Johannes Brahms (7 May 1833 3 April 1897) was a German composer of the Romantic Era.
Like many other prominent composers, Brahms moved to Vienna and reached the height of his career there. During his time, he was known as a "Classical Romantic", as his music was heavily influenced by the Classical Era, which put emphasis on unity of form and development of short, open-ended motives. It says something about Brahms' talents when he was compared to Ludwig van Beethoven. In his youth, Brahms was the protégé of another famous Romantic composer, Robert Schumann, for a short time and had a strong friendship with Schumann's wife, Clara.
Classical fans probably best know him for his First Symphony, which is the unofficial theme for his home city of Hamburg, and his Hungarian Dances, especially the fifth. Pop culture fans will instantly recognize his lullaby.
Tropes present in Brahms' work:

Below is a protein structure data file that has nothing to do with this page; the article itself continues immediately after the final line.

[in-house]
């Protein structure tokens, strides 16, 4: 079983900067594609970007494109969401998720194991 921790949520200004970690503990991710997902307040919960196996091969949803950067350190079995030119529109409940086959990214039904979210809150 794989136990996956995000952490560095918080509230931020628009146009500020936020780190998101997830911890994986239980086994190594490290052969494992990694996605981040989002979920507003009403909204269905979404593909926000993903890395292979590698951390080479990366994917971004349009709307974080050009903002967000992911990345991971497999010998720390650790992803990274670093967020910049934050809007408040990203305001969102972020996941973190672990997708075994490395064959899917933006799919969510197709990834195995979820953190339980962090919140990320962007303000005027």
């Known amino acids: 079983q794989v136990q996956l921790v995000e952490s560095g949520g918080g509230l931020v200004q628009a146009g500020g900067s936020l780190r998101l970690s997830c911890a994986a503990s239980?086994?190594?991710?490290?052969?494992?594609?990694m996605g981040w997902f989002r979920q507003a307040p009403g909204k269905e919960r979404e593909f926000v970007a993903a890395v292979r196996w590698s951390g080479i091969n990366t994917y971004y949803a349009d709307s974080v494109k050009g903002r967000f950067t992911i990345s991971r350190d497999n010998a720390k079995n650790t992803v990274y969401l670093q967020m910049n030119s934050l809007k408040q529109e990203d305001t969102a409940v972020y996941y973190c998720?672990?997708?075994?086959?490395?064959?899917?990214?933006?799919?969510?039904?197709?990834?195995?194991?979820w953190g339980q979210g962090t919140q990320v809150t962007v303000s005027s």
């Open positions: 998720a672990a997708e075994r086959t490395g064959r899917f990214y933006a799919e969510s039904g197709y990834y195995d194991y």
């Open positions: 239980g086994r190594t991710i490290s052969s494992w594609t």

- Ein deutsches Requiem starts and ends with the same word, selig (blessed).
- Symphony No. 3 starts and ends on an F major chord.
- Romanticism: Brahms' music belongs decidedly to the Romantic era, but he represented a more traditionalist strain of Romanticism that followed Baroque and Classical composers such as Haydn and Bach, disputing the ideology of more florid composers such as Wagner, Liszt, and Strauss as too undisciplined. In particular, Brahms refused to compose programmatic music that relied on external narratives, writing only "absolute music" such as sonatas, symphonies, and chamber music. The dispute has been called "The War of the Romantics".
- Shout-Out: The composer's Academic Festival Overture, written in response to the honorary doctorate he received from the University of Breslau, quotes four songs frequently associated with German student academic life at the time: "Fuchslied," "Wir hatten gebauet ein stattliches Haus," "Der Landesvater," and "Gaudeamus igitur." All were drinking or initiation songs at one point, though the last by then had been co-opted for use at college graduation ceremonies.
- Standard Snippet: His lullaby, perhaps better known in the west as "Lullaby and Goodnight," is often used in movies and shows where a character is sleepy or preparing to go to sleep. More often than not, the melody will be played on a music box or glockenspiel.